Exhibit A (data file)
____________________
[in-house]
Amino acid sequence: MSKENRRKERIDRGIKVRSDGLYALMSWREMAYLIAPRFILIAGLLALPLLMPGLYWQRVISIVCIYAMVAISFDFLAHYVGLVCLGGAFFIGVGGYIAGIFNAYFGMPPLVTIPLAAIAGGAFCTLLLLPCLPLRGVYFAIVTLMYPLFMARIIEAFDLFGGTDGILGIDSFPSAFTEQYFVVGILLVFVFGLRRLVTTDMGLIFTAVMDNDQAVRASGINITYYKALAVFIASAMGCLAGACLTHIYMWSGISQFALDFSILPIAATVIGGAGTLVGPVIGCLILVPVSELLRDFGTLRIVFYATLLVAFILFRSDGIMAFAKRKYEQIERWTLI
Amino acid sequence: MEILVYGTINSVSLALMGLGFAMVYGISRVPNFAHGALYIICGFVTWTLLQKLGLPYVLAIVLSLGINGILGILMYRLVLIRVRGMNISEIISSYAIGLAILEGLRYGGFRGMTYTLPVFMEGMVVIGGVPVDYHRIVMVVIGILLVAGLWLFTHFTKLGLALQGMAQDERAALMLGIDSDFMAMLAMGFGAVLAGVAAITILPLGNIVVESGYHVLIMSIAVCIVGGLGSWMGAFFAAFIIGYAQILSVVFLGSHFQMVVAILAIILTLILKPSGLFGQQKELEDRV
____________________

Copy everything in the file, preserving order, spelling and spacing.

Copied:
[in-house]
Amino acid sequence: MSKENRRKERIDRGIKVRSDGLYALMSWREMAYLIAPRFILIAGLLALPLLMPGLYWQRVISIVCIYAMVAISFDFLAHYVGLVCLGGAFFIGVGGYIAGIFNAYFGMPPLVTIPLAAIAGGAFCTLLLLPCLPLRGVYFAIVTLMYPLFMARIIEAFDLFGGTDGILGIDSFPSAFTEQYFVVGILLVFVFGLRRLVTTDMGLIFTAVMDNDQAVRASGINITYYKALAVFIASAMGCLAGACLTHIYMWSGISQFALDFSILPIAATVIGGAGTLVGPVIGCLILVPVSELLRDFGTLRIVFYATLLVAFILFRSDGIMAFAKRKYEQIERWTLI
Amino acid sequence: MEILVYGTINSVSLALMGLGFAMVYGISRVPNFAHGALYIICGFVTWTLLQKLGLPYVLAIVLSLGINGILGILMYRLVLIRVRGMNISEIISSYAIGLAILEGLRYGGFRGMTYTLPVFMEGMVVIGGVPVDYHRIVMVVIGILLVAGLWLFTHFTKLGLALQGMAQDERAALMLGIDSDFMAMLAMGFGAVLAGVAAITILPLGNIVVESGYHVLIMSIAVCIVGGLGSWMGAFFAAFIIGYAQILSVVFLGSHFQMVVAILAIILTLILKPSGLFGQQKELEDRV